I often hear that there are no natives in Atlanta. Obviously they are confused. I cannot go anywhere without running into someone I went to preschool with, someone’s mother, my former Sunday school teacher, someone who babysat me, someone who babysits for me, that guy who was not cute in school but now is very cute, which means I have to call/text/email my friends I grew up with and discuss how cute he is and how we had no idea he was that cute and did you hear that he is gay?
The worst part of it though is that I try to pretend that I don’t live where I do. Being socially awkward, the best days of my life are when I go to the local Mexican place and no one recognizes me. I have been known to hide on the floor board of my car rather than run into someone I sat next to in the third grade. It’s not that I don’t like these people, it’s just that I’m not very good at small talk. Or appropriate social norms.
To make matters worse, due to my job and my husband’s job we know a lot of people. So many local people. All right here. Going to dinner, the park, the ice cream store, shopping and anywhere else is sure to be a landmine of people we know. He loves this. He loves everyone. He intentionally tries to find as many people as he can and talk to them all the time. I’m more, “I’ll be over here looking at my phone,” trying not to say things that will end up getting both of us fired. Oh wait. I own my own business. Woot!
If you think I’m being dramatic (FYI: I’m being dramatic) let me explain how bad all of this can be. Several weeks ago the family and I went to support a friend who was shaving his head for the Saint Baldrick’s Fundraiser. It was held at a local restaurant in the ‘hood. I knew we would see people we know. I knew this. I did not realize that between the front door and the bathroom I would see approximately 200 people I knew. This is not an exaggeration. I quickly realized that not only was the friend getting his head shaved but I knew pretty much every kid sitting in the row of chairs on the stage. And oh, I knew the organizer and his family. And right, those kids in the band. Jeez, there’s a friend’s mother. And another friend’s niece. And oh wait, I think I know those waiters. And that person and this person and those people over there…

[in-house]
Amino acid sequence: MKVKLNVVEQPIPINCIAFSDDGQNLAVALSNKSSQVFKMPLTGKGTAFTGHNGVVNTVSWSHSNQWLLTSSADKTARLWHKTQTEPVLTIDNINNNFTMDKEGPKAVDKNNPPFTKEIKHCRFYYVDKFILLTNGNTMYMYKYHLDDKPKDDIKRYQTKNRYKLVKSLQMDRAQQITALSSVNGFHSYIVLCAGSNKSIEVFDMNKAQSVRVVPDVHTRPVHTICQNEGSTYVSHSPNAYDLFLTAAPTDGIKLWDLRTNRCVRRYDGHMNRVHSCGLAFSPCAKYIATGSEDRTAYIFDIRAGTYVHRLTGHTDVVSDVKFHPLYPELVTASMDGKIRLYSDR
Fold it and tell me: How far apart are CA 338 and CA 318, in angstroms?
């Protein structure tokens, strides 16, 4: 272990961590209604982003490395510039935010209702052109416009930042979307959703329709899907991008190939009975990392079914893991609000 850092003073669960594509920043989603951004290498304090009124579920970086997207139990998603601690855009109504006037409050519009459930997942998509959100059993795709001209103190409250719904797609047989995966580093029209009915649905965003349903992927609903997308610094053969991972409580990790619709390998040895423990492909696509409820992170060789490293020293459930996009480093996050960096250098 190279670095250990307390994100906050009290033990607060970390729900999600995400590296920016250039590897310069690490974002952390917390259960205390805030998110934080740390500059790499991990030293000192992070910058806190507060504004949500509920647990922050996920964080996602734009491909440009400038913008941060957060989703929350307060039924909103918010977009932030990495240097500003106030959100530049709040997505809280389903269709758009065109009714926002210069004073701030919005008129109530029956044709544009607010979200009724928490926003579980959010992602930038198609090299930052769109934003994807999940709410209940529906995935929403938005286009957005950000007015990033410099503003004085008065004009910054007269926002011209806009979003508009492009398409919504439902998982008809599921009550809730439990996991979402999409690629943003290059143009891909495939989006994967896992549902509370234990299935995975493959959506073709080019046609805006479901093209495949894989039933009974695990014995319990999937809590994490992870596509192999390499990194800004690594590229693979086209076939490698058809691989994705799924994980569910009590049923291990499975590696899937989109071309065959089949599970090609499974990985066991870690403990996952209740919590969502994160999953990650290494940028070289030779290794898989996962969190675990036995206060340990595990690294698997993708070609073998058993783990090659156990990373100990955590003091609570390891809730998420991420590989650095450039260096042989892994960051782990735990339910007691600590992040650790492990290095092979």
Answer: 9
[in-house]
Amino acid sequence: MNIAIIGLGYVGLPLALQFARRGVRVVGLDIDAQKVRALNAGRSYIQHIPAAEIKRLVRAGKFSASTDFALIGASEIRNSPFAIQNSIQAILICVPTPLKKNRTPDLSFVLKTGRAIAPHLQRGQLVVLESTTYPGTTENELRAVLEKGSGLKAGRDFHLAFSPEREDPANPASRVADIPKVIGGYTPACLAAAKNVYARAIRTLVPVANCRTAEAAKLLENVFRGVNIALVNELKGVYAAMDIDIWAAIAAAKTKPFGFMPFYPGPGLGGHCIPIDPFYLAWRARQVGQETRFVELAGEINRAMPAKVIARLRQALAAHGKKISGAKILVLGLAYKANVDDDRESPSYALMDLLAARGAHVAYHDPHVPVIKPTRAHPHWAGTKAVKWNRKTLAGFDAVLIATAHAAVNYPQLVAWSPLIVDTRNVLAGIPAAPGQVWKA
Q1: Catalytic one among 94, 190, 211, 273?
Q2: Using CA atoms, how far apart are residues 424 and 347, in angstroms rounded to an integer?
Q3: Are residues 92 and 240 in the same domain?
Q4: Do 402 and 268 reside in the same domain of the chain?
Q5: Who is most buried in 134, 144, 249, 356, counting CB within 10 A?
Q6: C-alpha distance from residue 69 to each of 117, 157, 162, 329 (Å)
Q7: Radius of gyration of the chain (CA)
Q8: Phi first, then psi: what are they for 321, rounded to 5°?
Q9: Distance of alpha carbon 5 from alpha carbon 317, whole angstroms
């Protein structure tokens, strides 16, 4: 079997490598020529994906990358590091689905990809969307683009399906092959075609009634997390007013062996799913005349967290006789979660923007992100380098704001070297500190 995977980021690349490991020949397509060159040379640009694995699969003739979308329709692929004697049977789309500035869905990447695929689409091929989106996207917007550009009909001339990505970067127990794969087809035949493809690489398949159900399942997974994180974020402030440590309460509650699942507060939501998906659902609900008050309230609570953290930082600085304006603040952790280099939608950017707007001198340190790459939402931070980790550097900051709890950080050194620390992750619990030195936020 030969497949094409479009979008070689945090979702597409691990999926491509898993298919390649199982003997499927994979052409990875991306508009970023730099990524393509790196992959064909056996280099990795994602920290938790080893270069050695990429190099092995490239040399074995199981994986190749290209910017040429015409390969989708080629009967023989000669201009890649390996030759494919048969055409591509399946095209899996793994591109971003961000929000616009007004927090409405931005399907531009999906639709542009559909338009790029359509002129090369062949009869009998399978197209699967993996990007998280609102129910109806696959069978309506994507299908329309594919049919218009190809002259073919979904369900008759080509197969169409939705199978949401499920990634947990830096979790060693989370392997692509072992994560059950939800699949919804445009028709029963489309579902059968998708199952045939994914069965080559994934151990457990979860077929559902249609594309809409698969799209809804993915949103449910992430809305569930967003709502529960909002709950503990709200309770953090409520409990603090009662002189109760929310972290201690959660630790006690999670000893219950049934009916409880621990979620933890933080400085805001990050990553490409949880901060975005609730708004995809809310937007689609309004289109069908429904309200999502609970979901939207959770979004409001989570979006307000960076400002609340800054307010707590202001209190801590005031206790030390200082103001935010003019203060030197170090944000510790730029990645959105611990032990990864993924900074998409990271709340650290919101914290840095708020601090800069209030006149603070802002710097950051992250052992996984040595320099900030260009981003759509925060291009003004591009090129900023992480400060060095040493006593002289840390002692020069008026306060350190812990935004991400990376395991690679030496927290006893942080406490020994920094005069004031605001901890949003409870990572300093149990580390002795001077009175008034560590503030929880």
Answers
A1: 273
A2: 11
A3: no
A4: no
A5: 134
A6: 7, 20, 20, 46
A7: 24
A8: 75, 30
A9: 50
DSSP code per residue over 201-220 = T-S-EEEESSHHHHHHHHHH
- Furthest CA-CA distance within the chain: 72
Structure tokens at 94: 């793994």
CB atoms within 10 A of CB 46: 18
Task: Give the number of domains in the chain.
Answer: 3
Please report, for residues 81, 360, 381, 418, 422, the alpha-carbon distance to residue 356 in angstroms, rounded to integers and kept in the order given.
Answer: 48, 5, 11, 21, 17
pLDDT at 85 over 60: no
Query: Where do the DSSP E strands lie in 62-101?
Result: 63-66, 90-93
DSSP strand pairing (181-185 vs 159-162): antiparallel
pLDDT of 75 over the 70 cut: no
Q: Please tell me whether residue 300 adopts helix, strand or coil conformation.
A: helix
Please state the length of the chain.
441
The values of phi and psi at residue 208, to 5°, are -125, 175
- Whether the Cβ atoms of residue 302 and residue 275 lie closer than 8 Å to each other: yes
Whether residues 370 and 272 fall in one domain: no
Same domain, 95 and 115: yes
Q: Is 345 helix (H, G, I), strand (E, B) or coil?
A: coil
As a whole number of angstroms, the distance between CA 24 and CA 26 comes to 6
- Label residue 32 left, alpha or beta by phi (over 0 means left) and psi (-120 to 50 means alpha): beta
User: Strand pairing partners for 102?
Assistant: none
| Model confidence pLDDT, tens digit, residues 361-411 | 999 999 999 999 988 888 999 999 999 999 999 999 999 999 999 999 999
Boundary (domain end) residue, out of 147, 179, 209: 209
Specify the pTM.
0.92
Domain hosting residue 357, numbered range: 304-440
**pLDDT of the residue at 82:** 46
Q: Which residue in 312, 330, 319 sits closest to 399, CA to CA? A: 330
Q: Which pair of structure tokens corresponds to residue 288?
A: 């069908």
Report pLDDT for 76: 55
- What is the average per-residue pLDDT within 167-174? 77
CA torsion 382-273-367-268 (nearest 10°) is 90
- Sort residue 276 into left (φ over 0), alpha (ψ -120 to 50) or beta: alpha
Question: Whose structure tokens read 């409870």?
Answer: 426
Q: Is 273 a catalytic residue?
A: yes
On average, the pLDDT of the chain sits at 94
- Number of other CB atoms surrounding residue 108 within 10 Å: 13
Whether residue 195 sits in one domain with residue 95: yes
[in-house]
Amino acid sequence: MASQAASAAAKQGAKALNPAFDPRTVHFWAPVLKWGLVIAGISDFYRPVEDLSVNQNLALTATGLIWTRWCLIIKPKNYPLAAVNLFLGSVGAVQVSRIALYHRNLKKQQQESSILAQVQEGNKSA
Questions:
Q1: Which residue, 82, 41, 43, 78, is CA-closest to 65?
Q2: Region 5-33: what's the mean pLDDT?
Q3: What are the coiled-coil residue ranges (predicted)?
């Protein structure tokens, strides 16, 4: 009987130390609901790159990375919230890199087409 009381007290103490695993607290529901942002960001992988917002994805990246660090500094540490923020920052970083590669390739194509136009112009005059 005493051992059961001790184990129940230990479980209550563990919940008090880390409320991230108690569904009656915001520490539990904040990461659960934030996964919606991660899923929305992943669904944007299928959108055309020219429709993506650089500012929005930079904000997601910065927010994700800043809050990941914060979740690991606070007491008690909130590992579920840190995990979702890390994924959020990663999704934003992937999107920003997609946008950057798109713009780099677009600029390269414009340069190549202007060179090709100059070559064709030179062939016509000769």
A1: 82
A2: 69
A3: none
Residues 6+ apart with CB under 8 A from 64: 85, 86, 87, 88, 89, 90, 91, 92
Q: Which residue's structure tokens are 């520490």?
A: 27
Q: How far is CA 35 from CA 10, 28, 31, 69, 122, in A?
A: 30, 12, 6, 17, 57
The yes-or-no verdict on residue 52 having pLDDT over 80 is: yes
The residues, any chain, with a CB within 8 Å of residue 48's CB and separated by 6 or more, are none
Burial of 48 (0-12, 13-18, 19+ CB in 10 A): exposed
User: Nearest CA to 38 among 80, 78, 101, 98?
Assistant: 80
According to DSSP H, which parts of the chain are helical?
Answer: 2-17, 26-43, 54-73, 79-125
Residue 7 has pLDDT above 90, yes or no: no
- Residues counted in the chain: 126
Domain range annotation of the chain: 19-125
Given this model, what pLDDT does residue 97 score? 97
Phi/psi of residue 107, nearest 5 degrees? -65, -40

We had to leave after fifteen minutes.
I complain but do I move? No. I don’t. I like it here. I like living in the city but not in the city. I like having access to so many things and never having to go outside five square miles to do pretty much everything I want to do (except go to Trader Joes, but that is another post for another day). I love that my work is 2 miles away and that my kids have friends in a variety of neighborhoods close by. And I also have a large group of friends that I’ve known in one way or the other since I was twelve. Or even five. It’s weird sometimes but also nice when I say, “I saw my arch nemesis at Mo’s Pizza the other night and hid behind the video game machine until he left,” everyone knows who I’m talking about and nods in agreement.
I’m just saying that sometimes, for a socially awkward introvert living somewhere so awesome can be hard. My reactions can appear anywhere from outright hostile to squirrely. Really, I’m just pretending I have on my Cloak of Invisibility, which means I can see you but you can't see me.
So if you see me at the OGM (you won’t. I love the Market, but I can’t, it’s like the death trap of people I know) or the yogurt place or at that other shop I’m not telling you about so you won’t go when I’m there, and I duck behind a potted plant, just ignore me. That’s my way of saying hi.